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Scaling Social Impact

Rishi Malhotra August 3, 2010

tactical_philanthropyThis post was written by Adin Miller, of Adin Miller Consulting. It is cross-posted on his site here.

The blending of philanthropy and social capital markets will be at the core of the Tactical Philanthropy track at SOCAP10. The preliminary agenda has just been released for the conference. One panel that immediately caught my attention focuses on Scaling Social Impact. It’s a great continuation of the discussion from the Social Impact Exchange and will be led by Steve Goldberg, author of Billions of Drops in Millions of Buckets, who I had the chance to hear at one of the breakout sessions.
The panel will examine the tradeoffs between scaling an organization and scaling impact through the sharing of process with other organizations. It’s an interesting question and either approach raises its own series of challenges and issues. Scaling an organization – i.e., providing significant financial resources to grow a mid-cap nonprofit that operates with $1M to $50M per year – very much depends on the ability to generate the needed capital (a theme that I expect will be extensively explored at the conference).
The alternative approach – scaling impact by sharing a successful process with the intention that the successful model gets adopted and implemented by other nonprofits – is perhaps as equally challenging. In this case, the sharing and adoption cycle relies on transparency, communication, dissemination, and signaling between nonprofit social enterprises. For example, it assumes that a successful model supported by SV2, the Silicon Valley based venture philanthropy group chaired by Lance Fors, who will also speak on the panel, would easily attract nonprofit audiences across the country. That’s probably not the case.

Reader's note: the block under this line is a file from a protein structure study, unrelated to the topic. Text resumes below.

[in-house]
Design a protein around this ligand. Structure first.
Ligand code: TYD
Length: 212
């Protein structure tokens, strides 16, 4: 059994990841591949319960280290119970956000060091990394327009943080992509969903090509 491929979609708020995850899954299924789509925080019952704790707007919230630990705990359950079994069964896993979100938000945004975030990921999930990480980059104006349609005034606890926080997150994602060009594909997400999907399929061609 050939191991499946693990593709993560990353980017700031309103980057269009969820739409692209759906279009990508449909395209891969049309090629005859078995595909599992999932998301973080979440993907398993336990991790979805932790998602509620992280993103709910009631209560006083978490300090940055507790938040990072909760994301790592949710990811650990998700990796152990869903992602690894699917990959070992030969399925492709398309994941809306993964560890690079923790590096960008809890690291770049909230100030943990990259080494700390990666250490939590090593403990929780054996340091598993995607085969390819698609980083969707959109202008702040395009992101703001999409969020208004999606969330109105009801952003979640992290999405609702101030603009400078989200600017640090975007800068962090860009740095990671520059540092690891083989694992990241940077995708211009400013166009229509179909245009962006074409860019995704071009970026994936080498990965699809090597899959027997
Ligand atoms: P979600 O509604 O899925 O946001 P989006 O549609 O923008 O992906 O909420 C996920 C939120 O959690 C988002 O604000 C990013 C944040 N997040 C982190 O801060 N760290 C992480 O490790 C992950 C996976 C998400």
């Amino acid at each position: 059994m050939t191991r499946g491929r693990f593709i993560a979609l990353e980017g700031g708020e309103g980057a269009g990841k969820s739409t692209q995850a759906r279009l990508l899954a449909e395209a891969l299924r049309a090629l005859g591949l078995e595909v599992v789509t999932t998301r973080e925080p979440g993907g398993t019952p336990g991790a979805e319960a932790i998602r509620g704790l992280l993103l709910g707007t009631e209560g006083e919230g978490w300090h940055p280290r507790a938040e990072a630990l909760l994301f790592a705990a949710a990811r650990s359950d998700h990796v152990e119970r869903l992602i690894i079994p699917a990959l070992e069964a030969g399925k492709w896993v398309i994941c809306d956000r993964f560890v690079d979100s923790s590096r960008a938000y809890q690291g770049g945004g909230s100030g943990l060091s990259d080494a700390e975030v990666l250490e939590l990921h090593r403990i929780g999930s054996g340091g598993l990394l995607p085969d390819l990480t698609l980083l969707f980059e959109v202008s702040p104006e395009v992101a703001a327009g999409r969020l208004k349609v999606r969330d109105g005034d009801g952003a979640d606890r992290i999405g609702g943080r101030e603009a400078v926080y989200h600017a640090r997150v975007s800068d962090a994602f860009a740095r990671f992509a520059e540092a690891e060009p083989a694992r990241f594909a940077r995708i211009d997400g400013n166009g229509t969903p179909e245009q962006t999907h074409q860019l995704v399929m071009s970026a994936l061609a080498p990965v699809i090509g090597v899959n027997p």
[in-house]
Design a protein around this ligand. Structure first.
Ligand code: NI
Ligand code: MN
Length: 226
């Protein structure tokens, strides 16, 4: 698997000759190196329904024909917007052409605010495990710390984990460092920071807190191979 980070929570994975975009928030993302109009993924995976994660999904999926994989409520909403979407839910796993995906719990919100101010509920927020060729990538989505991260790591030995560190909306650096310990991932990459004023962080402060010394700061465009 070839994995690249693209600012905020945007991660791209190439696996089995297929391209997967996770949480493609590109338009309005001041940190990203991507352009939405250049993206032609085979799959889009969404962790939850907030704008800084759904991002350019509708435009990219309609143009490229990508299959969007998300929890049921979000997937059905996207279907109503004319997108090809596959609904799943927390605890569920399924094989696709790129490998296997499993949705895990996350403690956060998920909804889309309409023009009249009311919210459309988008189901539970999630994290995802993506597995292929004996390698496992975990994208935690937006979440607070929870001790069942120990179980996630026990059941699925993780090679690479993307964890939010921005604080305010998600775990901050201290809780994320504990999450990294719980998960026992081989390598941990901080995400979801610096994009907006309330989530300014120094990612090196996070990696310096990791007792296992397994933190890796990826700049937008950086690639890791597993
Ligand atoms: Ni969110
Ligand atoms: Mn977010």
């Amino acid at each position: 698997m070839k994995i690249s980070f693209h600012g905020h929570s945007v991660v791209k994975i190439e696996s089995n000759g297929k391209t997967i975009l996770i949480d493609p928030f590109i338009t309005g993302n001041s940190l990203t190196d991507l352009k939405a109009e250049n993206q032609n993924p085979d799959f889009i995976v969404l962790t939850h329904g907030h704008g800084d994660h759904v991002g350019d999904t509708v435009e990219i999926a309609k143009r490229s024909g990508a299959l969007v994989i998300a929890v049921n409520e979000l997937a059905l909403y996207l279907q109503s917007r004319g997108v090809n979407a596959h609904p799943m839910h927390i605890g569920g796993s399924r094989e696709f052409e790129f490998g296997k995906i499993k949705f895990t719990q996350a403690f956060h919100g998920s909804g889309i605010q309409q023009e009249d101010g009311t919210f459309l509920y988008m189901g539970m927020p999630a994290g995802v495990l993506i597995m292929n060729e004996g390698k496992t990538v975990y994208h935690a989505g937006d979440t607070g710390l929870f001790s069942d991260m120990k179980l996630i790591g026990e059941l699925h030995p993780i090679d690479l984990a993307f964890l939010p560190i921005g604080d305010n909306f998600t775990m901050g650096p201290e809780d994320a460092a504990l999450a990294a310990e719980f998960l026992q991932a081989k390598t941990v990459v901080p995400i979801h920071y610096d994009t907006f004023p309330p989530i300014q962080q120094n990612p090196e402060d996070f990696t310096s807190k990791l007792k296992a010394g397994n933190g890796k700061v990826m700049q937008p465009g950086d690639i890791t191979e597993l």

Until we collectively have a better way to track and identify successful nonprofit social enterprises, the vision of scaling impact through the adoption of process may struggle to become reality. It will also require answers to other key questions: what role does philanthropy have in encouraging successful nonprofit social enterprises to share their processes with other organizations? What will a nonprofit social enterprise have to give up in order to adopt another nonprofit’s successful approach? Can we find common ground on identifying and using performance measures to assess social enterprises?
The discussion will certainly be an interesting one.

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